Fire Ready Nation Act of 2022 would codify NOAA’s role in forecasting, tracking and controlling wildfires
WASHINGTON, D.C. –U.S. Senators Maria Cantwell, (D-Wash.), Chair of the Senate Committee on Commerce, Science, and Transportation, and Dan Sullivan (R-Alaska) introduced bipartisan legislation to codify and strengthen the National Oceanic and Atmospheric Administration’s (NOAA) authority and capacity to help prevent, forecast and fight wildfires. The Fire Ready Nation Act of 2022 will establish a fire weather services program within NOAA, authorizing engagement in wildfire response activities and providing funding for science and technologies to forecast weather conditions that cause and spread wildfires.
“Washington state wildfires are growing more severe, burning hundreds of thousands of acres and threatening lives and property every year,” said Senator Cantwell. “With the 2022 fire season right around the corner, we need to maximize every tool available to prevent, track and fight wildfires. This bill will help our federal weather tracking agency -- NOAA -- deploy new technology that will boost computing power to improve wildfire forecasting and identify the impacts of changing weather conditions. It will test a new drone pilot program designed to gather critical fire information and survey post-fire damage – even at night – without endangering the lives of a pilot or crew members. And it will ensure NOAA has the resources to support our specially-trained forecasters serving alongside wildfire response teams.”
“As wildfires have repeatedly ravaged the West, we need to ensure that adequate tools are available to forecast, track, and respond to disasters,” Senator Sullivan said. “This bill supports and enhance the existing mission while filling unmet operational needs, increasing collaboration with international partners, and identifying needed improvements to our forecasting systems.”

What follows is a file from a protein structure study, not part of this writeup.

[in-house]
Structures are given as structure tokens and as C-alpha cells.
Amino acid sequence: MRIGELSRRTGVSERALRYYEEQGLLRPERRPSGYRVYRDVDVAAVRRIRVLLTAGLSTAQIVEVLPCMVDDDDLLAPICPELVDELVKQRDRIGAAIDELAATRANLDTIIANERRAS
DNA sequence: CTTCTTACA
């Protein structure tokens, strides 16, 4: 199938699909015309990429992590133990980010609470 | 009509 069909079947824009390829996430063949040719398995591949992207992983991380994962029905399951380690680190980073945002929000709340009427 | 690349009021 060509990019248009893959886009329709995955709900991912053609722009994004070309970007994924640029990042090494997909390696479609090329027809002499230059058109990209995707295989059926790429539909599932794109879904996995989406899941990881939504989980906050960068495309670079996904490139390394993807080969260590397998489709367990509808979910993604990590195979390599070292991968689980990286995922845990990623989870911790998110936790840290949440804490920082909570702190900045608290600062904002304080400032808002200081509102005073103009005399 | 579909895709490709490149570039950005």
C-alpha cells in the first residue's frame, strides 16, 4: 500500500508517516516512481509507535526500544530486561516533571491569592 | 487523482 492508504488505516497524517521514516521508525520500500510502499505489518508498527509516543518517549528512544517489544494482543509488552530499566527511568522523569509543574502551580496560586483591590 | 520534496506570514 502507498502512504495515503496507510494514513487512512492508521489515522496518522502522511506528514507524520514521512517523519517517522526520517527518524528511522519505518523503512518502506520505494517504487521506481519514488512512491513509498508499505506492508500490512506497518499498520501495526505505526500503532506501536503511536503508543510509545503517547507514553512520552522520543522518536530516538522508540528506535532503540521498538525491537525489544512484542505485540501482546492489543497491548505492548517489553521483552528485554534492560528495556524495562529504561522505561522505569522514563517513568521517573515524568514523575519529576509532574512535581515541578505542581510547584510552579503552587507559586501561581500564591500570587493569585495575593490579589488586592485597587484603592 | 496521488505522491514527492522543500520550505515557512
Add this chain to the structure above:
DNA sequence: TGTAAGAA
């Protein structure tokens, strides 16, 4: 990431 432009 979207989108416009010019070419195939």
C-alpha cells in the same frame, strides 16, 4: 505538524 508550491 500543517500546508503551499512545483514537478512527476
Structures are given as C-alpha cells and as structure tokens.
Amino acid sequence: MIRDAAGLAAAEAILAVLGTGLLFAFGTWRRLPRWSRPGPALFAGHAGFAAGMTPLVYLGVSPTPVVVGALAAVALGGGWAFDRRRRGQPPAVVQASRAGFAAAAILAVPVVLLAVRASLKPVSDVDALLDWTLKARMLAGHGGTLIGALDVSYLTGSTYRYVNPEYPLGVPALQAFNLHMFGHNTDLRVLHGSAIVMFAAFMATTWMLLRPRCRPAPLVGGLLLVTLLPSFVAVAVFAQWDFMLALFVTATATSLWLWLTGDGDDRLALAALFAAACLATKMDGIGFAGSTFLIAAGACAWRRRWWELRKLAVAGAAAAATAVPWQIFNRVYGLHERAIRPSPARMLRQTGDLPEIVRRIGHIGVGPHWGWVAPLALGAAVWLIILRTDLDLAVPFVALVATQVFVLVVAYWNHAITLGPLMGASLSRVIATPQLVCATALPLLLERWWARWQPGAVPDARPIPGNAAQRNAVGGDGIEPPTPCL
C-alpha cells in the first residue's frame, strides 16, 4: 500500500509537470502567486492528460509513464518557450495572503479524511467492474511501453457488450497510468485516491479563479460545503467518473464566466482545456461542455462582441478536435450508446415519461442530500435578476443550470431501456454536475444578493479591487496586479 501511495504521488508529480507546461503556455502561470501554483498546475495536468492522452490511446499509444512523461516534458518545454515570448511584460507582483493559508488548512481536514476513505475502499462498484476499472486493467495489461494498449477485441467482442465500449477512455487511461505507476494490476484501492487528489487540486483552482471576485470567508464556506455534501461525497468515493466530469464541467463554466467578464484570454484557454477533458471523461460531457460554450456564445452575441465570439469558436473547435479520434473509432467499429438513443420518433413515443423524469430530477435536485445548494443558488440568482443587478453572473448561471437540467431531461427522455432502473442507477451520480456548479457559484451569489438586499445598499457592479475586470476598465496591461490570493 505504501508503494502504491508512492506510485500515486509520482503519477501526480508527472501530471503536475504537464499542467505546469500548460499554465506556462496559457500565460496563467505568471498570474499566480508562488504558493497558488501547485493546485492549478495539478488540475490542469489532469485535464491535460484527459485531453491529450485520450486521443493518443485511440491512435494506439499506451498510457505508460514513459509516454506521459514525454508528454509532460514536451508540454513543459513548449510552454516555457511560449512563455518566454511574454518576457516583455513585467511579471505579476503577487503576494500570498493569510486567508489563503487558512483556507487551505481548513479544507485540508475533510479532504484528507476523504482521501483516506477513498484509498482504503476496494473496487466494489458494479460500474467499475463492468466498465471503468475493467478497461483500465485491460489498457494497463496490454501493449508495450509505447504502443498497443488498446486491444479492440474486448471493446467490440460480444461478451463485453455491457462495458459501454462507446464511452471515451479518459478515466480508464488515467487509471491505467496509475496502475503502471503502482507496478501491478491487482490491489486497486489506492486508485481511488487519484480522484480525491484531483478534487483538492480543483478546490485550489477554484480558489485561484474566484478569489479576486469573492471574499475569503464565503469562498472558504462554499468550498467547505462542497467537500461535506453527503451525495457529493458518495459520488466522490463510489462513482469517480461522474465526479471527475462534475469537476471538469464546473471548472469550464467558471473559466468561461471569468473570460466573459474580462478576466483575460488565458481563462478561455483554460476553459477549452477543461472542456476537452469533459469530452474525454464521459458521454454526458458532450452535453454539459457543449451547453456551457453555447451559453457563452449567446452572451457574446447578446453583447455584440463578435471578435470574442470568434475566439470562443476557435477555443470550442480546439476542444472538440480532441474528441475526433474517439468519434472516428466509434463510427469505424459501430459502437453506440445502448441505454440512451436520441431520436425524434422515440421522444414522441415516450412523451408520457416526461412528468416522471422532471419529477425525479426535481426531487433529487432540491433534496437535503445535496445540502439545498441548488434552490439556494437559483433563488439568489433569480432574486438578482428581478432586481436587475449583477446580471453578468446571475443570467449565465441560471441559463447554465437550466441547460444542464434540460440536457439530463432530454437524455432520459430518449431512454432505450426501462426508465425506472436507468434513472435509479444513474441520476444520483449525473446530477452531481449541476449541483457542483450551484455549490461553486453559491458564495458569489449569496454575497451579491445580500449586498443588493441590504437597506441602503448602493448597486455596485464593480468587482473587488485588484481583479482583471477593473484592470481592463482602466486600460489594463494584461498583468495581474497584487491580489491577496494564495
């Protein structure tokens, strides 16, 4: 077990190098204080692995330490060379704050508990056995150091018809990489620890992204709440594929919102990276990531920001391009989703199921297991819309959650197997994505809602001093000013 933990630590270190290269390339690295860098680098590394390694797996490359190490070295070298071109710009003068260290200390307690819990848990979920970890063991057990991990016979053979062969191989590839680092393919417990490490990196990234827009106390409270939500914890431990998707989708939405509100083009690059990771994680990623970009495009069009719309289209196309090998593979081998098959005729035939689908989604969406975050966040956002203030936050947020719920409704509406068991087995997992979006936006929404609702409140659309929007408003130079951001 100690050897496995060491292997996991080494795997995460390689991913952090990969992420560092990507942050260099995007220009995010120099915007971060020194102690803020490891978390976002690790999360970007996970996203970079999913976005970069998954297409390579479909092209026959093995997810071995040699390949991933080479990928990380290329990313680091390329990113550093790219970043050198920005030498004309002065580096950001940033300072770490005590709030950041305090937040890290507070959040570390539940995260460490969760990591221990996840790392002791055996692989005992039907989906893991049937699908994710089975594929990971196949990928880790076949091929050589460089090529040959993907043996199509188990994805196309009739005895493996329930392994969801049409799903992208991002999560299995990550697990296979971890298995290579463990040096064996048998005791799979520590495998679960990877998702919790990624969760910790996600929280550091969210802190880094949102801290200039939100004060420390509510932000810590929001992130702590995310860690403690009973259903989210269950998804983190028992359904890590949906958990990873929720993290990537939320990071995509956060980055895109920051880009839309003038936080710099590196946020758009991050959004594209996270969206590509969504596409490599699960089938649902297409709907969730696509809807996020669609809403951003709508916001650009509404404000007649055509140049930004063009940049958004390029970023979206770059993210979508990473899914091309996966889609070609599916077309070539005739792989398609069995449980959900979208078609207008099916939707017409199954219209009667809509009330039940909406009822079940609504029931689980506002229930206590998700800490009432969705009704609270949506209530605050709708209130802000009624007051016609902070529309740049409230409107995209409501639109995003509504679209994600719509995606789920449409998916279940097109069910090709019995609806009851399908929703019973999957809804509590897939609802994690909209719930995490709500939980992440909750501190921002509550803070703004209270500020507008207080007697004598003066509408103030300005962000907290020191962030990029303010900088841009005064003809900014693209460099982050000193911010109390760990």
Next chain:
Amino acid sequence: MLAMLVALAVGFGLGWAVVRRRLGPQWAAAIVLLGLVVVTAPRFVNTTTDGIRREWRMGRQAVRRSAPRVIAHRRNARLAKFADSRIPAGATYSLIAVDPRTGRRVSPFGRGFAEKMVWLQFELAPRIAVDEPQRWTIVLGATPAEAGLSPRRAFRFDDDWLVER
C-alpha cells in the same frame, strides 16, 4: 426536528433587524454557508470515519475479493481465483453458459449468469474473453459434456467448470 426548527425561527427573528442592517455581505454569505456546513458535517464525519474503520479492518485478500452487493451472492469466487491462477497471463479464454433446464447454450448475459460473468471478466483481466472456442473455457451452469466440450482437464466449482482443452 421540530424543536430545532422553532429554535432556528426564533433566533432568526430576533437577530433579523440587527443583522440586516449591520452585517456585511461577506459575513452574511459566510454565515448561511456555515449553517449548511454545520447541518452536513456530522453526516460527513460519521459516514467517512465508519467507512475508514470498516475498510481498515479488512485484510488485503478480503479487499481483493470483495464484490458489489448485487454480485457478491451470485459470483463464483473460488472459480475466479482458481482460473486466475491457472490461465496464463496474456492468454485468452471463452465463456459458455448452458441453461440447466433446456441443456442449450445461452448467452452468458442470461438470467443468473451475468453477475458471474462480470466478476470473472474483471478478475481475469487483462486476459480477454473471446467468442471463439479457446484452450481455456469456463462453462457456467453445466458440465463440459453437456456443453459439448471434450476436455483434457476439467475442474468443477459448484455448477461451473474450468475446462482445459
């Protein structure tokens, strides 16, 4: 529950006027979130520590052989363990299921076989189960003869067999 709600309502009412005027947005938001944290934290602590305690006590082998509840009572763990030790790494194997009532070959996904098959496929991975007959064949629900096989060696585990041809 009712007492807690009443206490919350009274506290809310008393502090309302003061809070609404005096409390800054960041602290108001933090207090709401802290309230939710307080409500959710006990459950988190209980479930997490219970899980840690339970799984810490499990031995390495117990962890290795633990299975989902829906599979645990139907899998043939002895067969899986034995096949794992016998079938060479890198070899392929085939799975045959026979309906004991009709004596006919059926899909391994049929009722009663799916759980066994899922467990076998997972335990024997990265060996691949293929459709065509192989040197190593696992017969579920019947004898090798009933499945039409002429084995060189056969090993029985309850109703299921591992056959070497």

NOAA is already a major player in wildfire preparedness and response. However, the agency has no defined statutory authority or mandate for its wildfire services and activities. And while NOAA is a world leader in wildfire forecasting, better coordination and funding for new high-tech initiatives would help improve forecasting.
Here’s how NOAA helps now:
- NOAA’s climate data and fire season forecasts help federal and state organizations plan for wildfire season.
- When potential fire conditions are at their worst, NOAA’s National Weather Service (NWS) offices issue Fire Watch Warnings or Red Flag Warnings to help everyone get ready.
- When fires do happen, the NOAA deploys specially-trained forecasters called Incident Meteorologists (“IMETs”) to live and work on-site and help fire management teams determine where the fire might be going next. In 2021, the NWS supported 217 IMET deployments with 78 out of 91 IMETs deploying at least once.
- NOAA’s existing testbed system was responsible for the 2020 launch of the High Resolution Rapid Refresh-Smoke model, which uses satellite observations and computer simulations to predict how smoke will move across the country and change air quality, visibility, temperature, and wind.
Here’s what S. 4237, The Fire Ready Nation Act of 2022, would do:
- Establish a fire weather services program within NOAA, which would engage in wildfire response activities.
- Fund the research and acquisition of science and technologies that forecast the weather conditions causing and spreading wildfires.
- Create a Fire Weather Testbed that, following the model of existing NOAA testbeds, would develop, test, and deploy new technologies to address fire hazards, such as:
- More computer processing power to improve wildfire forecasting models. With more computing power, NOAA can run more ensemble forecast systems that use multiple models and different initial conditions to better identify a possible range of fire outcomes. Incorporating more specific data would also provide more information about how fires change to due weather conditions, and how weather conditions are affected by fire.
- A pilot program for Un-crewed Aerial Systems (UAS), a.k.a. drones. UAS can gather chemical information, fire radiation, atmospheric measurements in the boundary layer and near the fire, and survey for post-fire damage, without endangering the life of a pilot or crew members. UAS can also gather data cat night and can fly closer to fires than a crewed flight could.
- Establish data management and data sharing standards for all NOAA data, and coordinate data collection across multiple federal agencies to improve and enhance fire weather data collection and sharing.
- Codify the Incident Meteorologist Service, and address compensation limits on IMETs’ long deployments to help the specially-trained NWS forecasters who embed with fire teams for weeks at a time receive fairer compensation.